Blue Mountain State’s long awaited movie The Rise of Thadland was released today. Since midnight it’s already managed to shock the world, becoming the #1 movie on iTunes most purchased films. The film’s production team battled no shortage of challenges creating Thadland, and we caught up with one of them today for an inside look.
Alex, thanks for taking the time out to speak with us and thanks for hosting our snapchat at the Thadland premiere this past weekend. So many people are talking about BMS right now. What was Blue Mountain State’s journey from being a cancelled show on Spike, to Netflix and now a full length movie?
Happily, it was a no brainer given what similar an audience it seems Your U and BMS shares.
It’s not typical for project’s to go from being cancelled to becoming feature films in theaters or blowing up on Amazon and iTunes. Alan explained the journey best on KTLA News this morning.
We see that you weren’t part of the show, just the movie. How did you get involved?
At the time I was just a hungry film student. One day I was browsing successful Kickstarter campaigns to emulate for the music festival I was throwing at the time. Being familiar with BMS (having been cancelled) I was shocked when I came across theirs. Watching it then grow into the third highest grossing Kickstarter campaign ever over the next month validated my belief of what a truly loyal, cult following had grown for BMS. By then I believed in the film’s success so passionately that I would have literally produced and distributed it myself if I had the millions, but I don’t (yet). I tried everything I could think of to reach the producers and get involved. Finally one morning I woke up to a voicemail from Romanski, the co creator of BMS. He was fired up about the passion I had for their project and wanted to meet for lunch at some point that week. I immediately drove to LA to stay on call for him. After four days of sleeping in my van and showering at various gyms I signed up for free trials at, he called with a time and place.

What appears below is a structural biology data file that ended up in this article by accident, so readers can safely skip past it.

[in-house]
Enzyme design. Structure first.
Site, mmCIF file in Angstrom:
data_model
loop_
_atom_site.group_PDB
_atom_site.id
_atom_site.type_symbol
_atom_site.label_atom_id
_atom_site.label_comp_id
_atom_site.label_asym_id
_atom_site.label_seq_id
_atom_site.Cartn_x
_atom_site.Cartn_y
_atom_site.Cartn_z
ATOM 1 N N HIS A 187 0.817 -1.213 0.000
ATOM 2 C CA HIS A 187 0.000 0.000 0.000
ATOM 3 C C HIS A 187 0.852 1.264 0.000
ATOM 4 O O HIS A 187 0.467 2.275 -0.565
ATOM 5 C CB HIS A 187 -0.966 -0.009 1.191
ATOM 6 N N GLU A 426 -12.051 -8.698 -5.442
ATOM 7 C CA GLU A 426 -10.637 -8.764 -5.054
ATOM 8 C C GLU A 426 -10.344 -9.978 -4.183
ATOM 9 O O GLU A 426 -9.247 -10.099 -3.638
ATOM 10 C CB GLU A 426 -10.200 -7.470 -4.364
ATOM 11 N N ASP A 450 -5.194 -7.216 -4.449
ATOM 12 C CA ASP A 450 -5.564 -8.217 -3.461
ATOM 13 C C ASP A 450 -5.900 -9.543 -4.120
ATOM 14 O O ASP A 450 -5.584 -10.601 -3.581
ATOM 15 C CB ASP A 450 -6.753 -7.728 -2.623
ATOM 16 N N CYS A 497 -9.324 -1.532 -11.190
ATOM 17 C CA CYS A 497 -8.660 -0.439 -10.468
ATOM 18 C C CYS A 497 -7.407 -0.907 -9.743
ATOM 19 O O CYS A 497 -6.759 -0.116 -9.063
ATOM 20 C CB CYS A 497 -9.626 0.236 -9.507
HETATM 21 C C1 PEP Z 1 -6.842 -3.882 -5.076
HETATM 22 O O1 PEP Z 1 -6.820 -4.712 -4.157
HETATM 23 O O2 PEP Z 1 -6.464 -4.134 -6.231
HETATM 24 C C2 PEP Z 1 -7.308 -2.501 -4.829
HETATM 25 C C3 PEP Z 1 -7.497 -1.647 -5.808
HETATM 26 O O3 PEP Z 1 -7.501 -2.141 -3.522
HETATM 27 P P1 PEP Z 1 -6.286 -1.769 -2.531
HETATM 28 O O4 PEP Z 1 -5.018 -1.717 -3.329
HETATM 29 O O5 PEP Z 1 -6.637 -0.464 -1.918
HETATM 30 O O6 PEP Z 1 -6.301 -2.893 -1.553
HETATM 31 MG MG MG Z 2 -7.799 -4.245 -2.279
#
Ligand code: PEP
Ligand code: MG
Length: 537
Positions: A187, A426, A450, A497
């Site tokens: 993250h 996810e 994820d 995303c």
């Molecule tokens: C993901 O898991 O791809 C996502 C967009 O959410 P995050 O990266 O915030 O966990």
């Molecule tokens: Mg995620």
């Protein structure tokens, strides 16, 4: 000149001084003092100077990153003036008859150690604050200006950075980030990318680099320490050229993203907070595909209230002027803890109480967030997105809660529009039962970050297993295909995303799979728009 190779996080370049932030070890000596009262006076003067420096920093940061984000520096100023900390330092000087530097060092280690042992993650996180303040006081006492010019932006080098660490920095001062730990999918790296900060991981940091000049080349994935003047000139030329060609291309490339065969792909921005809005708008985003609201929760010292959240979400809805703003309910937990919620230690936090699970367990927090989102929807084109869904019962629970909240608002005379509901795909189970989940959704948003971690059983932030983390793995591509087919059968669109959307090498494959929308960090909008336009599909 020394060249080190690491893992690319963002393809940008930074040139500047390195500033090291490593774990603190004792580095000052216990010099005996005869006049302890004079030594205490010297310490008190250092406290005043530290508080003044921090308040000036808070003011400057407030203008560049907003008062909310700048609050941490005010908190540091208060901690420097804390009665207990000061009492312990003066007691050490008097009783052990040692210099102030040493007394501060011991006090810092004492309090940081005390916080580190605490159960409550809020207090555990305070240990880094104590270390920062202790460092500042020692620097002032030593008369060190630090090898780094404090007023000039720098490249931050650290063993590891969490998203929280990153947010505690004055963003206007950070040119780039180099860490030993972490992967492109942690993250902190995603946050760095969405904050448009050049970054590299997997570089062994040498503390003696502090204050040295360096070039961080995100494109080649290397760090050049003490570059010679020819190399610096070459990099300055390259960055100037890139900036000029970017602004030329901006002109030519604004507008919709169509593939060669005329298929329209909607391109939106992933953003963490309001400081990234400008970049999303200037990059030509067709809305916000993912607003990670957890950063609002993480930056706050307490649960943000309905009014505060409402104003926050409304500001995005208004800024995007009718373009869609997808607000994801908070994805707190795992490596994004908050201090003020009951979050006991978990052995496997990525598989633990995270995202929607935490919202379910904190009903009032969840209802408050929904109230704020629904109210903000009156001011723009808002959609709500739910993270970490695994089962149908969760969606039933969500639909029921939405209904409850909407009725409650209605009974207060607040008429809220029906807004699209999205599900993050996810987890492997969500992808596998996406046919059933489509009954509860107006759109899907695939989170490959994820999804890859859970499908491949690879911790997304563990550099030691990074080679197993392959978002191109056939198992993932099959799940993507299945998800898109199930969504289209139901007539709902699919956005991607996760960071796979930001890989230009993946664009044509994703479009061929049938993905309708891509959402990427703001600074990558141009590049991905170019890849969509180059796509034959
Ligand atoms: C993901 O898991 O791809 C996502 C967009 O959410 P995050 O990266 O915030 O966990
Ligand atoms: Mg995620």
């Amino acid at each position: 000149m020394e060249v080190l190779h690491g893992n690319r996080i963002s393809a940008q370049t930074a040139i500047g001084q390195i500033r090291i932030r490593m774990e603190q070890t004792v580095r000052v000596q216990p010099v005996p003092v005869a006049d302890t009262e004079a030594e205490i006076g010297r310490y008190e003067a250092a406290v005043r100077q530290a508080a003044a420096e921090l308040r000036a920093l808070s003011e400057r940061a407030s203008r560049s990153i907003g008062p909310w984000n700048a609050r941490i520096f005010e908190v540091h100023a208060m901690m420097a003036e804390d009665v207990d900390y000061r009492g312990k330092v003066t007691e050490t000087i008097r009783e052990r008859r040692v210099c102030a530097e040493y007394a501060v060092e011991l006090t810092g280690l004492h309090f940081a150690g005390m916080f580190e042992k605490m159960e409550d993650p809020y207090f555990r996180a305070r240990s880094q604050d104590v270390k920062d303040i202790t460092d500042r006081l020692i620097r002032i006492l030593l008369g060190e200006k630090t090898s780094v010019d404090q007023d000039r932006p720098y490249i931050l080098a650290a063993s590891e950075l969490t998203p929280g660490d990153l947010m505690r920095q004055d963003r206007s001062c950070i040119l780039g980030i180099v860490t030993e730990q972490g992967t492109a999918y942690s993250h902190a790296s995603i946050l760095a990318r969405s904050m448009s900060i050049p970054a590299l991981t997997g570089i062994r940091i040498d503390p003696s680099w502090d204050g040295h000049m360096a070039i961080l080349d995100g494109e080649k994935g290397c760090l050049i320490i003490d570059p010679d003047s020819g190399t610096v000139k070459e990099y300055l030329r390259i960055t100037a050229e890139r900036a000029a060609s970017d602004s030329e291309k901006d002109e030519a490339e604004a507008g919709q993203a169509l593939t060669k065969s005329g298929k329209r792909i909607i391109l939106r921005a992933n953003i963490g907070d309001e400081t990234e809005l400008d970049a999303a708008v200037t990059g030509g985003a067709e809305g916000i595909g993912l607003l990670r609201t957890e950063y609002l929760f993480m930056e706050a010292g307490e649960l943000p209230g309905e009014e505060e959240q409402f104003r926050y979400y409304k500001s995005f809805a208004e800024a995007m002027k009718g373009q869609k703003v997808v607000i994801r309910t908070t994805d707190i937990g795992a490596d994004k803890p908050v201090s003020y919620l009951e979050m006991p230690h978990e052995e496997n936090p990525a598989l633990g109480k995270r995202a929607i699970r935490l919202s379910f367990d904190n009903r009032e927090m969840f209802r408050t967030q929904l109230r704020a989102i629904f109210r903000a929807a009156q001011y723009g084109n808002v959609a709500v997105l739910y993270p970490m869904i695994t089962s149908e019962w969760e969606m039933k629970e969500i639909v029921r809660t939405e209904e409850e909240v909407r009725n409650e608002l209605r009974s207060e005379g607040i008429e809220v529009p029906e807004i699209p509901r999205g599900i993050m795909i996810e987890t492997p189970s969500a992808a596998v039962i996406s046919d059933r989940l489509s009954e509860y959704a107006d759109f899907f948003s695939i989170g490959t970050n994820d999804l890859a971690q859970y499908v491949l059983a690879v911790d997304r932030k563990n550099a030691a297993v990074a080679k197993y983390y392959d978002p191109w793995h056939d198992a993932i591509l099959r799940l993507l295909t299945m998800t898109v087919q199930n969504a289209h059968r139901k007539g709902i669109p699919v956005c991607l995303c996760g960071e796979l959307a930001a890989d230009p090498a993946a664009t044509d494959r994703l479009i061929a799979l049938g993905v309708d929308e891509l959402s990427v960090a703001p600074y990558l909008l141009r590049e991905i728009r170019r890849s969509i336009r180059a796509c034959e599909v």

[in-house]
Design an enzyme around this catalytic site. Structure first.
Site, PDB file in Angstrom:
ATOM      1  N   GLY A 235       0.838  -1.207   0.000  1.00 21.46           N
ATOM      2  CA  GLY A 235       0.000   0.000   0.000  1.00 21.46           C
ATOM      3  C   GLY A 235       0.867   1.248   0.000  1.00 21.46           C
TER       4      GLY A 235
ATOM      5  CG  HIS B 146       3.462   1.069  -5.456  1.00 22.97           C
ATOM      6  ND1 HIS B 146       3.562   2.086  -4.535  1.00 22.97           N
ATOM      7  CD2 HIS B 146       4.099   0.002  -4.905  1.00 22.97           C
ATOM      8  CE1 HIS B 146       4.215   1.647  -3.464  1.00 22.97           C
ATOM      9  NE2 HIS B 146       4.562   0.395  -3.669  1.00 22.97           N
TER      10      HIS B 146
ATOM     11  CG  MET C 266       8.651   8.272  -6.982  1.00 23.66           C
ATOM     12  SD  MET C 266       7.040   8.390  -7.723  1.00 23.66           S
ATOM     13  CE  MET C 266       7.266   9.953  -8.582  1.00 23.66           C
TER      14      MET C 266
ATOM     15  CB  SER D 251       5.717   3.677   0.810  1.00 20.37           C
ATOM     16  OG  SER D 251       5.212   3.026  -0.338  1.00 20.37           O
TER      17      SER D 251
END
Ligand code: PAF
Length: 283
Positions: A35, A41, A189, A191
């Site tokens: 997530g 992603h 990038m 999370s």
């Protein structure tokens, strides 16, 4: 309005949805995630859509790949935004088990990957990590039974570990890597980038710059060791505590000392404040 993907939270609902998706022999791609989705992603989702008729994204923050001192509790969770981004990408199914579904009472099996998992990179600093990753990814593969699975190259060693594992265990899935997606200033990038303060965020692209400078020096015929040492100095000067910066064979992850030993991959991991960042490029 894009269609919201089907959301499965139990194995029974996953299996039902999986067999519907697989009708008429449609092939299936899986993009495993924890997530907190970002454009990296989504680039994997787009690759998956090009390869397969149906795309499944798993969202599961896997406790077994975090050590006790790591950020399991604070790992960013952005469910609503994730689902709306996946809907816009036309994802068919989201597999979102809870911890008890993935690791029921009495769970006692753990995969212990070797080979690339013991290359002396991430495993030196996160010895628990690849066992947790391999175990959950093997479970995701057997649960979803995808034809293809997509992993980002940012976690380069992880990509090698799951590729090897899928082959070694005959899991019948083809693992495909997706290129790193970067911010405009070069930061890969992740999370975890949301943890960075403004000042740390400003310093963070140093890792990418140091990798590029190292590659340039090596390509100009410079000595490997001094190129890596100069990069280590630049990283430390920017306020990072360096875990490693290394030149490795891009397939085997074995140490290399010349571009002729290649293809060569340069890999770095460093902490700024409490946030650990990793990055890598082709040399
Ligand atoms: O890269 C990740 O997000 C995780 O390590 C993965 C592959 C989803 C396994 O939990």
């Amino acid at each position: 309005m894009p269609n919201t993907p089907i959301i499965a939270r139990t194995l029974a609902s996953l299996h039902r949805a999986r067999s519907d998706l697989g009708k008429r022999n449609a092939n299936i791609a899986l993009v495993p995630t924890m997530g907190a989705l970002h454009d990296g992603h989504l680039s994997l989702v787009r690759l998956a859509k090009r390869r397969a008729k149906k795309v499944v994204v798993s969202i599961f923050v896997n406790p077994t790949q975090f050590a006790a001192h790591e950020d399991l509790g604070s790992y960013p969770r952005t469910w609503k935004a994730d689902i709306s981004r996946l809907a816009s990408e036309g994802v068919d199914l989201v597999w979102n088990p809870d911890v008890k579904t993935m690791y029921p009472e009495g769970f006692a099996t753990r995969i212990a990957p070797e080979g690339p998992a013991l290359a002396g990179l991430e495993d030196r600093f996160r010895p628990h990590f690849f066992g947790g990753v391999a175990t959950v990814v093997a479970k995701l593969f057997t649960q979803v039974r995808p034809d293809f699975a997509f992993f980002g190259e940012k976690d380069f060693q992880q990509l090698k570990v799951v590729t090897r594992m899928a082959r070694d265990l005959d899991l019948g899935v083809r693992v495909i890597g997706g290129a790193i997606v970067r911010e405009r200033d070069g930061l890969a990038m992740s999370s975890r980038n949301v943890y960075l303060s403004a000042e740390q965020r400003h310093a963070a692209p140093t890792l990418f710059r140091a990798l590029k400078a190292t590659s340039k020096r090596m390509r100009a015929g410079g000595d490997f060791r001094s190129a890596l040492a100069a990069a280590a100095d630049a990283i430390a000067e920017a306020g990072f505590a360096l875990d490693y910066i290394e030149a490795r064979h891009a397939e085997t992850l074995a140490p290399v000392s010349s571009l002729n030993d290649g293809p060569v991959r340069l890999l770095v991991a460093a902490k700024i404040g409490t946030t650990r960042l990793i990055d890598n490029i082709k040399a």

When we met I explained my marketing and public relations background to him which was when he found use for me. At the time they were considering a custom, limited edition BMS beer. Thanks to my relationships with BevMo and Lagunitas Brewery, I had found my way in. As an aspiring filmmaker/actor I didn’t care how I got on set at the time, as long as I was there. The brewery deal never happened however Lagunitas did send us almost two thousand beers, for free. A few of which made their way into the film as ‘thank you’ product placements.
Lagunitas, yum. What did your role on the film become after the beer deal didn’t happen?
I made my way out to Wilmington, North Carolina unsure what my role was going to be. I knew I had brought more to the table than just being a production assistant. I spent most of the time shooting the behind the scenes documentary, and working directly under Ryan Haffey, one of the producers (and coolest guys I’ve ever met). I made a quick cameo in the film doing some background work and some additional contributions to wardrobe by acquiring product placements from Kix’ies and Strideline Socks, who also contributed some custom BMS socks just for the film!